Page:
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70 Years Ago Today: Lt. Audie Murphy Holds the Line

Born in poverty and orphaned as a teenager in Hunt County, Texas, Audie Murphy lied about his age in order to try to get into the US Marine Corps. The Marines rejected him, saying that he was too small. Murphy went into the Army instead as an infantryman. He would prove to be an extraordinarily effective soldier and leader.

Time and time again, Murphy would distinguish himself in combat, eventually earning a field commission as a second lieutenant at the age of 19. Before the end of the war, Murphy would earn every combat award offered by the United States Army at the time.

(Photo: Smithsonian Institution)

Among those awards is the Medal of Honor. The Army bestowed that highest of laurels upon 2nd. Lt. Audie Murphy for the actions that he performed on January 26, 1945--70 years ago to this day. Though wounded and badly outnumbered, Murphy personally covered the retreat of his company from repeated German attacks outside of Holtzwihr, France. He did so for an hour with a machine gun on a disabled tank destroyer that was on fire at the time. From his Medal of Honor citation:

Lieutenant Murphy ordered his men to withdraw to a prepared position in a woods while he remained forward at his command post and continued to give fire directions to the artillery by telephone. Behind him to his right one of our tank destroyers received a direct hit and began to burn. It's crew withdrew to the woods. Lieutenant Murphy continued to direct artillery fire which killed large numbers of the advancing enemy infantry. With the enemy tanks abreast of his position, Lieutenant Murphy climbed on the burning tank destroyer which was in danger of blowing up any instant and employed its .50 caliber machine gun against the enemy. He was alone and exposed to the German fire from three sides, but his deadly fire killed dozens of Germans and caused their infantry attack to waver. the enemy tanks, losing infantry support, began to fall back. For an hour the Germans tried every available weapon to eliminated Lieutenant Murphy, but he continued to hold his position and wiped out a squad which was trying to creep up unnoticed on his right flank. Germans reached as close as 10 yards only to be mowed down by his fire. He received a leg wound but ignored it and continued the single-handed fight until his ammunition was exhausted. He then made his way to his company, refused medical attention, and organized the company in a counterattack which forced the Germans to withdraw. His directing of artillery fire wiped out many of the enemy; he personally killed or wounded about 50. Lieutenant Murphy's indomitable courage and his refusal to give an inch of ground saved his company from possible encirclement and destruction and enabled it to hold the woods which had been the enemy's objective.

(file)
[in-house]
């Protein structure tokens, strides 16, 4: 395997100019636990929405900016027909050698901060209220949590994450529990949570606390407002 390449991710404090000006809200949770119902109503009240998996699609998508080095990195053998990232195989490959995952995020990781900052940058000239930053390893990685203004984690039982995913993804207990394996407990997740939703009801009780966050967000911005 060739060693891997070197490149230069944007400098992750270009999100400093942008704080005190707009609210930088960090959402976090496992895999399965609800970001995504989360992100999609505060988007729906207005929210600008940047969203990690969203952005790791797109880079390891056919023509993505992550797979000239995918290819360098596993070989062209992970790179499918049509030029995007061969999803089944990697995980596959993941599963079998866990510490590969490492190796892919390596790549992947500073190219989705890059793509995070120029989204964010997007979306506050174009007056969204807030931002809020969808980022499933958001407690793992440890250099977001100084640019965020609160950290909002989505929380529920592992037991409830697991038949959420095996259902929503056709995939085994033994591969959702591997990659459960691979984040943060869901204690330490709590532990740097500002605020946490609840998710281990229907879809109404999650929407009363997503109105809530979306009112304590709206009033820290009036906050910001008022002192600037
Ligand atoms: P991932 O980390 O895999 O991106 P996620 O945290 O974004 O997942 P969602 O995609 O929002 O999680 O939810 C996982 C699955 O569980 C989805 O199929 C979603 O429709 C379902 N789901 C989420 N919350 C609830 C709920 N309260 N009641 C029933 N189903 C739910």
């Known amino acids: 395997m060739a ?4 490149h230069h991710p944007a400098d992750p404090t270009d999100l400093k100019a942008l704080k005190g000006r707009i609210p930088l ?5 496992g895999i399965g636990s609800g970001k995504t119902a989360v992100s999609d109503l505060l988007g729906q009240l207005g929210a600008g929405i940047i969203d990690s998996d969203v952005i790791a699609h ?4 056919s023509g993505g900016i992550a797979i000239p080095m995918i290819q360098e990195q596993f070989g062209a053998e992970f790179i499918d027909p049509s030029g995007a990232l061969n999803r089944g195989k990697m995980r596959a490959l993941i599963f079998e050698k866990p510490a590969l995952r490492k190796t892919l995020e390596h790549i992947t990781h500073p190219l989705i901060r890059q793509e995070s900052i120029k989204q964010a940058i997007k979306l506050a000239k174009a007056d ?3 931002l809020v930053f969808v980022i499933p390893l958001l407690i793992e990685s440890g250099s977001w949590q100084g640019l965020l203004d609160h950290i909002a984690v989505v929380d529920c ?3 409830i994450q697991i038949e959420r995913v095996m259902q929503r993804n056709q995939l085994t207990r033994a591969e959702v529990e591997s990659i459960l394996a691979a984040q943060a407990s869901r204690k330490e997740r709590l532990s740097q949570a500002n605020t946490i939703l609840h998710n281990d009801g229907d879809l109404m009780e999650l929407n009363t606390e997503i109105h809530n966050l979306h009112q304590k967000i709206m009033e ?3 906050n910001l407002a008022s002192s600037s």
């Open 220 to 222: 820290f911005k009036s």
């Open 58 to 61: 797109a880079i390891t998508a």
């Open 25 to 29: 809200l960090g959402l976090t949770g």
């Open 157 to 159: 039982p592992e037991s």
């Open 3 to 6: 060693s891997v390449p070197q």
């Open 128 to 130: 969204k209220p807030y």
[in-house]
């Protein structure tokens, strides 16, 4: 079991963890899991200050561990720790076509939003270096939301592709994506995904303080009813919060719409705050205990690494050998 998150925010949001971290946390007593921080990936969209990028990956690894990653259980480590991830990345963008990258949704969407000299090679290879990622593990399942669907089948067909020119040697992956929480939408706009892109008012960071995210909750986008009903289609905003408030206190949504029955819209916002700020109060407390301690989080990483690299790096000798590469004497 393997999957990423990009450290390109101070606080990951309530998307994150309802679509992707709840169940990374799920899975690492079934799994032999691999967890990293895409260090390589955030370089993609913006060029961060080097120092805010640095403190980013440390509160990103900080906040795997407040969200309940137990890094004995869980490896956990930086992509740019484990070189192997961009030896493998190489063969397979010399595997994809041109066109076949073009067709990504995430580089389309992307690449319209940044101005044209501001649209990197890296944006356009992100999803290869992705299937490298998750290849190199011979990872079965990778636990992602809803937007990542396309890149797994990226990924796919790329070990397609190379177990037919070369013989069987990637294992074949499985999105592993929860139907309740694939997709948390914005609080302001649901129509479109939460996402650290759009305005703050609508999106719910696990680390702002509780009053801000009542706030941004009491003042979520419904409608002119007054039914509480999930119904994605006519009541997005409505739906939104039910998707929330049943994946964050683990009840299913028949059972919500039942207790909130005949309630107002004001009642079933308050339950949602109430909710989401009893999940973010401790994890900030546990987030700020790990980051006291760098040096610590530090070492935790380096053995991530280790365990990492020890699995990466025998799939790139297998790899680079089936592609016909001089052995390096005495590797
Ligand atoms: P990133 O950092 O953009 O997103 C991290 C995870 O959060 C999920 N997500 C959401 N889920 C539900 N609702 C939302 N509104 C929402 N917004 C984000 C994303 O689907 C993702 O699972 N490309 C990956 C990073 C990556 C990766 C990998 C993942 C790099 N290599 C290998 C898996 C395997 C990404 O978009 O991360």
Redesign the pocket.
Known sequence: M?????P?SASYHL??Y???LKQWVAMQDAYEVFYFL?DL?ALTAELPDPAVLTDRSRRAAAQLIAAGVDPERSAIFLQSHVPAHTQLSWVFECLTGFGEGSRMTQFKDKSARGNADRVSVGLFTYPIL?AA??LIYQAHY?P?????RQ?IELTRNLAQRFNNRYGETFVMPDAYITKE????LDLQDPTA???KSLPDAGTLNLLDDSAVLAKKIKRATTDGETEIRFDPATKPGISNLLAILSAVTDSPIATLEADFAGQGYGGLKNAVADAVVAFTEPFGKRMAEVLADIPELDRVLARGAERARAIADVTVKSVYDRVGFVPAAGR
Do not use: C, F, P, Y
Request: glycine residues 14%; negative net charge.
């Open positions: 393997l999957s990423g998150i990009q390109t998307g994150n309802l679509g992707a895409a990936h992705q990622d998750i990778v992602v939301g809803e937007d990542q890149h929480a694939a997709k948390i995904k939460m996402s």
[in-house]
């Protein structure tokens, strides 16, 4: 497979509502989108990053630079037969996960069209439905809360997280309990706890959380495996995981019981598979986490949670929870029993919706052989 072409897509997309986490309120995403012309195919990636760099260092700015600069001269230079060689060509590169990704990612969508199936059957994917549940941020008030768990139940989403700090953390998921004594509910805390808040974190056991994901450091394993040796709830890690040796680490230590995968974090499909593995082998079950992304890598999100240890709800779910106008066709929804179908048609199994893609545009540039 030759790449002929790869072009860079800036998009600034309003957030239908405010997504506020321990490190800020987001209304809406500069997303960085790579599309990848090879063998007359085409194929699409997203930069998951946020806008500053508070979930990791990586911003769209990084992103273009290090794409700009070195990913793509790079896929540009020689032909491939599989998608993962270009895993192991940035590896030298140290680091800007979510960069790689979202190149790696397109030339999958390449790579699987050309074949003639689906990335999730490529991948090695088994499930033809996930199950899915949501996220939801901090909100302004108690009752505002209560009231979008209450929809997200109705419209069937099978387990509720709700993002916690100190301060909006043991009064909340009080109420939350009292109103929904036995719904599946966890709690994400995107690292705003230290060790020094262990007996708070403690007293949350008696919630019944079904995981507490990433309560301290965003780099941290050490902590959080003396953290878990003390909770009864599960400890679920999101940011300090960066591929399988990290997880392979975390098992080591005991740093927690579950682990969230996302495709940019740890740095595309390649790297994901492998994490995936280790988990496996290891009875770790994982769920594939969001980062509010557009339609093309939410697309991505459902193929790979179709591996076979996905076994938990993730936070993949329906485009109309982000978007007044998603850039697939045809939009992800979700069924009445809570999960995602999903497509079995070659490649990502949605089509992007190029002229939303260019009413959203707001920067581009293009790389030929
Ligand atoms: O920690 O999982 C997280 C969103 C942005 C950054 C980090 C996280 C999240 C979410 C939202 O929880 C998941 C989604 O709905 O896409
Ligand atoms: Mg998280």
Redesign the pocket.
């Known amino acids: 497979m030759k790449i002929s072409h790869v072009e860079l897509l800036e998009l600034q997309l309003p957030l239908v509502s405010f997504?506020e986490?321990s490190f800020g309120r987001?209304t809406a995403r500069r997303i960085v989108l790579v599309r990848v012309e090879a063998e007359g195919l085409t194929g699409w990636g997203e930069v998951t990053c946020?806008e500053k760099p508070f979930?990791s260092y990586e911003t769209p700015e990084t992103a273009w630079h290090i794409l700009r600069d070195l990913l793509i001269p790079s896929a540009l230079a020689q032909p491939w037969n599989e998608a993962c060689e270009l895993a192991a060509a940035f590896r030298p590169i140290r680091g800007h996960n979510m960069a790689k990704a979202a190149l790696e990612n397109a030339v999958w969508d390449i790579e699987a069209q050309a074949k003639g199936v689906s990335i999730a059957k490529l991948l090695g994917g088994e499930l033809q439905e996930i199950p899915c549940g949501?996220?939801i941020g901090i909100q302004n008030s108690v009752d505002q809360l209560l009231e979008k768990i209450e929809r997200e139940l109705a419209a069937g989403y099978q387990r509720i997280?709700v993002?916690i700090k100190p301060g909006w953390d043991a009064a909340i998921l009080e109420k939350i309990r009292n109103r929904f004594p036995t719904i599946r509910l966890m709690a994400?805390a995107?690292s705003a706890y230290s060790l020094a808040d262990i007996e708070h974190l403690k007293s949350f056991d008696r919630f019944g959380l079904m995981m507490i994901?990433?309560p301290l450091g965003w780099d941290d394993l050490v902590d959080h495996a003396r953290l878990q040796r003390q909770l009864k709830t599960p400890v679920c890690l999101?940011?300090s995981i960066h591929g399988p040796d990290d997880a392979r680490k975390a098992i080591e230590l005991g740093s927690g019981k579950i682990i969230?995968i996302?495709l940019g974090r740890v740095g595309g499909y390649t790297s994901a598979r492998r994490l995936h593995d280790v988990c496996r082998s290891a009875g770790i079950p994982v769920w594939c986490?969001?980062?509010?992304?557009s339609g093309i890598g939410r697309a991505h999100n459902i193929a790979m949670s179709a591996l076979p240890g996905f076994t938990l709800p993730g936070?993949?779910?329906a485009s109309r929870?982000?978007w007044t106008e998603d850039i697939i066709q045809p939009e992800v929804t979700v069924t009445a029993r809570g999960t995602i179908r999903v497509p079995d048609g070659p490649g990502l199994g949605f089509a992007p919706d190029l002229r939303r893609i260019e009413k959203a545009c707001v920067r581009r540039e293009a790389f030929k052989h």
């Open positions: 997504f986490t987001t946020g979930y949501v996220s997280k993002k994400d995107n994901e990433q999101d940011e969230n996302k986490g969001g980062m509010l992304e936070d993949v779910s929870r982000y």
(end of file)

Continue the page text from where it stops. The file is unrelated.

(Video Link)

By the time Germany surrendered later that May, Murphy was a First Lieutenant and not yet 21 years old. He was also tremendously famous (warning: auto-play). When he mustered out and returned home to the United States, he became an actor. He would also write To Hell and Back, his autobiography. When it was turned into a film in 1955, he played himself. You can watch several scenes from it in the video above.

-via American Digest

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Thinking about the whole American Sniper controversy.
Wonder if he'd be glorified or reviled if he killed so many men in an afternoon these days?
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